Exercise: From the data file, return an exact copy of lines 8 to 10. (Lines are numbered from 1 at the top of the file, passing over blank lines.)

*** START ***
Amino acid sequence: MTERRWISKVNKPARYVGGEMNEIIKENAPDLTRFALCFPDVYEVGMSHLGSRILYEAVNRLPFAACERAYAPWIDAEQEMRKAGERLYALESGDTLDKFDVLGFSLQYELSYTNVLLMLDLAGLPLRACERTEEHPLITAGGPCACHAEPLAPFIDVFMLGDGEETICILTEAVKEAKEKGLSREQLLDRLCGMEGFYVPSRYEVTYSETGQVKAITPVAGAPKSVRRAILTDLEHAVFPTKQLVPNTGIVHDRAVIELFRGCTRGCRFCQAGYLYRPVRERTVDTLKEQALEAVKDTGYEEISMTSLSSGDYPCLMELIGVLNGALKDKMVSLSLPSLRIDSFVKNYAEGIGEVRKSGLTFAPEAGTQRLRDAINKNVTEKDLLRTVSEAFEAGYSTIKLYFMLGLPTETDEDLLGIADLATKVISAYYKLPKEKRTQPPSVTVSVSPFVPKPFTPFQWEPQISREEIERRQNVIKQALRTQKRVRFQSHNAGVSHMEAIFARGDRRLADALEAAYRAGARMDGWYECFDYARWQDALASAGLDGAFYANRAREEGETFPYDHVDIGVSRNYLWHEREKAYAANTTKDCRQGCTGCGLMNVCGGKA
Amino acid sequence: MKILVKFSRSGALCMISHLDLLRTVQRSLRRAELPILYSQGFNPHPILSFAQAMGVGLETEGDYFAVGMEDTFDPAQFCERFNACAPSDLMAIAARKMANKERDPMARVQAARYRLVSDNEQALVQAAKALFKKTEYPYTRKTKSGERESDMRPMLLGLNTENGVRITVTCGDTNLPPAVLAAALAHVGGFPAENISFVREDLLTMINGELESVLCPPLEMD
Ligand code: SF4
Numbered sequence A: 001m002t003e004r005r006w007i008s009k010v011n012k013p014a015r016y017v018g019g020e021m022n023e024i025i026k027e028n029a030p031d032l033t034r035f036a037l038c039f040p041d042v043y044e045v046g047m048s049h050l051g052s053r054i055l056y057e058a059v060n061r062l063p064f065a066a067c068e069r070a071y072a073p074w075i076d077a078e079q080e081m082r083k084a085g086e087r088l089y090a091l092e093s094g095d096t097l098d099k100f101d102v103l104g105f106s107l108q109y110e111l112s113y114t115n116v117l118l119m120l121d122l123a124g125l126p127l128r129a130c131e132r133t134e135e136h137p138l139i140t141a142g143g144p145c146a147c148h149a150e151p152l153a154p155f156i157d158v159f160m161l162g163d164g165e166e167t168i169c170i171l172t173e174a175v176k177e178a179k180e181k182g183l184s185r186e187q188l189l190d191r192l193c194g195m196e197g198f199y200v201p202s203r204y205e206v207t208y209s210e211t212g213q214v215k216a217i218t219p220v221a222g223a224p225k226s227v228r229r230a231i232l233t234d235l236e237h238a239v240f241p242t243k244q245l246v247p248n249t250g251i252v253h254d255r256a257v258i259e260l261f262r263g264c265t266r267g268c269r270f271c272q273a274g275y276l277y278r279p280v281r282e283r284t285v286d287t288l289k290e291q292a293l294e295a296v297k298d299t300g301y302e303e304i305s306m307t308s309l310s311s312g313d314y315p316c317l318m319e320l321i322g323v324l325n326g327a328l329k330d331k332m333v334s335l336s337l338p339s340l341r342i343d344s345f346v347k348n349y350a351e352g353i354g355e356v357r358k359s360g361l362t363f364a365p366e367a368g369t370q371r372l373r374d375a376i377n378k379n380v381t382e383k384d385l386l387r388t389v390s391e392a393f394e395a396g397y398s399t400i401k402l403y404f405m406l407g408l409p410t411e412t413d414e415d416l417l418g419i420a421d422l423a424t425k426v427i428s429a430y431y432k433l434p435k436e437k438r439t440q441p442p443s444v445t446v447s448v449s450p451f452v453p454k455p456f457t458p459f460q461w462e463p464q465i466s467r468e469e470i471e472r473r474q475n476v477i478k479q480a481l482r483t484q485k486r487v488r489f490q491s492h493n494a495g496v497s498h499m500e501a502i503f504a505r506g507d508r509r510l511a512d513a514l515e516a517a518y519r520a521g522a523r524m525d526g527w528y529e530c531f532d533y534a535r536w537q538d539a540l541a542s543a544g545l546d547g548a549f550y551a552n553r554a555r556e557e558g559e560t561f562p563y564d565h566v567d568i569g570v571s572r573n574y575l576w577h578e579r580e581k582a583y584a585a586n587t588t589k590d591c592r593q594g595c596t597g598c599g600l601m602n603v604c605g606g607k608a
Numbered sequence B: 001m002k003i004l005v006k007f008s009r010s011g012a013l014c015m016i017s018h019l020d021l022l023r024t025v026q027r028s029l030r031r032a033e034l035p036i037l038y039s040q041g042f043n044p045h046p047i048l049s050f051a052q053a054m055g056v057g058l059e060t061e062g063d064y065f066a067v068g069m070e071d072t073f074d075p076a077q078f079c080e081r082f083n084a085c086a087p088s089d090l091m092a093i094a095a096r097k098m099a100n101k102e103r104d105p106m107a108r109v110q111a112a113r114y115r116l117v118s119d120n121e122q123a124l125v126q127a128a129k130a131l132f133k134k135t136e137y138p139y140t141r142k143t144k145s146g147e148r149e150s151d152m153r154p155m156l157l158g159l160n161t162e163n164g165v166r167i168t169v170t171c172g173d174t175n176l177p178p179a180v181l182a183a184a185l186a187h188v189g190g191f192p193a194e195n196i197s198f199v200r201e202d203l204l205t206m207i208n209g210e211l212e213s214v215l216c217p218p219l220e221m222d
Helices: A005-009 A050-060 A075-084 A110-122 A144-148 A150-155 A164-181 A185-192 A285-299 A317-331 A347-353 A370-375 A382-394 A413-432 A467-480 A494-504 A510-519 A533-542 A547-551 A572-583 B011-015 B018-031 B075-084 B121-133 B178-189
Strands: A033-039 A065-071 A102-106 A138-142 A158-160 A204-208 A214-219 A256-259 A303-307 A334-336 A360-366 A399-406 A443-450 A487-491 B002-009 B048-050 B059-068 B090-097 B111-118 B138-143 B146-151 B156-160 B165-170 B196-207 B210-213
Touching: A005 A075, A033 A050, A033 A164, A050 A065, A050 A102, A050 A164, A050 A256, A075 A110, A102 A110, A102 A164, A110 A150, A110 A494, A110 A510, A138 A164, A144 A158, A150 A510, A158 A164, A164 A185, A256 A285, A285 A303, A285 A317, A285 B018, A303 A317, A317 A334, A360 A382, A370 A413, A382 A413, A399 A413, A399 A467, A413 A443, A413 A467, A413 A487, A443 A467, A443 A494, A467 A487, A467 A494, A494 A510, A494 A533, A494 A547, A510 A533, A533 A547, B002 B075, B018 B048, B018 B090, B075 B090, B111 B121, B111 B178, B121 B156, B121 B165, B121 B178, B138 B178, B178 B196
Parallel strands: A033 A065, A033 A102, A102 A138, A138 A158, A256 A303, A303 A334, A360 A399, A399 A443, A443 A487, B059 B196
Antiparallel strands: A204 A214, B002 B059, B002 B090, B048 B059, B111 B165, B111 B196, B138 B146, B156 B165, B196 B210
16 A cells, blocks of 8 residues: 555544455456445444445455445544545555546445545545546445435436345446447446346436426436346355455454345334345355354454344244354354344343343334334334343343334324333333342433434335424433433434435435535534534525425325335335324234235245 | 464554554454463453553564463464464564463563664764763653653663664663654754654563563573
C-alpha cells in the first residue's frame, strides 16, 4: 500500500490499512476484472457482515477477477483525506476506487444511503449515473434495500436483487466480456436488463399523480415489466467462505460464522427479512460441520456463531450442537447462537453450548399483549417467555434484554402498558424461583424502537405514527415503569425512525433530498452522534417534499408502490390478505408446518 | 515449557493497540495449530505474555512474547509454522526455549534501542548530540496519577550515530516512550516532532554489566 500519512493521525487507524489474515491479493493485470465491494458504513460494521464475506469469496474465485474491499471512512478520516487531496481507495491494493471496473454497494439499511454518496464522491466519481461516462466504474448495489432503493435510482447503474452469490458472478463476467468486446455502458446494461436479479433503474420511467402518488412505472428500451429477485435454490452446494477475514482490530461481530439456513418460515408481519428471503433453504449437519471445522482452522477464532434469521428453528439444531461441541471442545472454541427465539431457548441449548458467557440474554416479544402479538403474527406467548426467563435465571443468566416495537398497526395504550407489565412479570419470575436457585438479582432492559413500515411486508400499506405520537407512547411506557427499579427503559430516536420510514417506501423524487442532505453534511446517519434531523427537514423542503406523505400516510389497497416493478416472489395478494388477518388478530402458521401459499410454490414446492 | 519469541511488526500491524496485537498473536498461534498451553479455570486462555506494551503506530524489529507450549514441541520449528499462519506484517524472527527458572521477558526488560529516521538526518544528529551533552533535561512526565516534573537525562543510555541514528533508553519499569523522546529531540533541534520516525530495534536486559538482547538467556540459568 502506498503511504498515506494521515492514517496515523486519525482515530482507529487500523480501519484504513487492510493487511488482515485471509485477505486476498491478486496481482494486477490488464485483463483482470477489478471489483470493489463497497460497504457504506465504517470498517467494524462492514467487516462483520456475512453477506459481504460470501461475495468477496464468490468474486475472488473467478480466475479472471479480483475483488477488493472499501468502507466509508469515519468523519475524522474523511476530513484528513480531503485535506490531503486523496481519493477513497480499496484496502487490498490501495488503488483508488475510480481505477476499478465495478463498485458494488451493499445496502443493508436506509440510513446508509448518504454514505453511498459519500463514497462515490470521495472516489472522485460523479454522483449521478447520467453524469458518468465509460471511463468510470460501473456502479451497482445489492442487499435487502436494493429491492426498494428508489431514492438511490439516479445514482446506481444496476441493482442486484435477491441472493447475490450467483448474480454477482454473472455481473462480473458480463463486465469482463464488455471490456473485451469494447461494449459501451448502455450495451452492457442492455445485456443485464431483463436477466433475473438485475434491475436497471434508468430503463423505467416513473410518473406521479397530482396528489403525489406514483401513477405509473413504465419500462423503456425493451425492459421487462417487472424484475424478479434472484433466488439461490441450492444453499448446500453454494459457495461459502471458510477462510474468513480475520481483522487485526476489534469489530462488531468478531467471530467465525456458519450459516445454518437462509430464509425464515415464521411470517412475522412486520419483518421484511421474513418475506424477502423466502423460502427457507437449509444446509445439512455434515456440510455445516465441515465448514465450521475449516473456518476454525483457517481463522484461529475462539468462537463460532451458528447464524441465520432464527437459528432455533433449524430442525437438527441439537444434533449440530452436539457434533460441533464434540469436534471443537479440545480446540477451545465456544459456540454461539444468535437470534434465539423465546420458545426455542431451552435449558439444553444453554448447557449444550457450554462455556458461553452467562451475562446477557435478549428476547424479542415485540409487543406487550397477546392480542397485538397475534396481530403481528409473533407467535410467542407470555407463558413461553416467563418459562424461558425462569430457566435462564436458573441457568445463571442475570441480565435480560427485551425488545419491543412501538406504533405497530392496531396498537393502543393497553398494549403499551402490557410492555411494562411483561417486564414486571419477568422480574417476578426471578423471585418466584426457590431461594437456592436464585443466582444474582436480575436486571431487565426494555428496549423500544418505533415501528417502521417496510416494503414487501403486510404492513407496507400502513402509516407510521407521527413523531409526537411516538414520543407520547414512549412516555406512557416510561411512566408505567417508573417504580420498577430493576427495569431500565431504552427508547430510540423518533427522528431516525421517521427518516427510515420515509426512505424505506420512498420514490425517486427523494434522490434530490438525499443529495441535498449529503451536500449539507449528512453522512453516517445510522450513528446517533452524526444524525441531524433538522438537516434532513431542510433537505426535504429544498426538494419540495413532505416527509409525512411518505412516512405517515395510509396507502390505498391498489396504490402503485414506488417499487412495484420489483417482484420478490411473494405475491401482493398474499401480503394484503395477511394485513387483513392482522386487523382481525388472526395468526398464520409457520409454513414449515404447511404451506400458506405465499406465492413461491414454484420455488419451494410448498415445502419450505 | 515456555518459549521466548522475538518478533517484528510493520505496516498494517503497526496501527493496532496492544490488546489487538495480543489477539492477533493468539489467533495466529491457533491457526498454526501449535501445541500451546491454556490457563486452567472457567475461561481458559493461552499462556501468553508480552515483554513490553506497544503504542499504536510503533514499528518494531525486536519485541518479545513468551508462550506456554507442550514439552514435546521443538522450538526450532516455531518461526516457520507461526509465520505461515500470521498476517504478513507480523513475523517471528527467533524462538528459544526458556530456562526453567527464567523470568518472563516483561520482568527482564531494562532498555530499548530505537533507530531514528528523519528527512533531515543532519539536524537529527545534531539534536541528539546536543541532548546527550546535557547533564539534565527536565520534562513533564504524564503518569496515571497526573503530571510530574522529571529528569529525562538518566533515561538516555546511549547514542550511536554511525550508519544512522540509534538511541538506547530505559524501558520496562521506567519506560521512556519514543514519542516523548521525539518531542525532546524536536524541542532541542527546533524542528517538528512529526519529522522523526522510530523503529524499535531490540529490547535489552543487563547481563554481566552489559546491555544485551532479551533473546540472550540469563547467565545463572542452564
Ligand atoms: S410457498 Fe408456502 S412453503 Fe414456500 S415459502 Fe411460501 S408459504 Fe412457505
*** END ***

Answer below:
Touching: A005 A075, A033 A050, A033 A164, A050 A065, A050 A102, A050 A164, A050 A256, A075 A110, A102 A110, A102 A164, A110 A150, A110 A494, A110 A510, A138 A164, A144 A158, A150 A510, A158 A164, A164 A185, A256 A285, A285 A303, A285 A317, A285 B018, A303 A317, A317 A334, A360 A382, A370 A413, A382 A413, A399 A413, A399 A467, A413 A443, A413 A467, A413 A487, A443 A467, A443 A494, A467 A487, A467 A494, A494 A510, A494 A533, A494 A547, A510 A533, A533 A547, B002 B075, B018 B048, B018 B090, B075 B090, B111 B121, B111 B178, B121 B156, B121 B165, B121 B178, B138 B178, B178 B196
Parallel strands: A033 A065, A033 A102, A102 A138, A138 A158, A256 A303, A303 A334, A360 A399, A399 A443, A443 A487, B059 B196
Antiparallel strands: A204 A214, B002 B059, B002 B090, B048 B059, B111 B165, B111 B196, B138 B146, B156 B165, B196 B210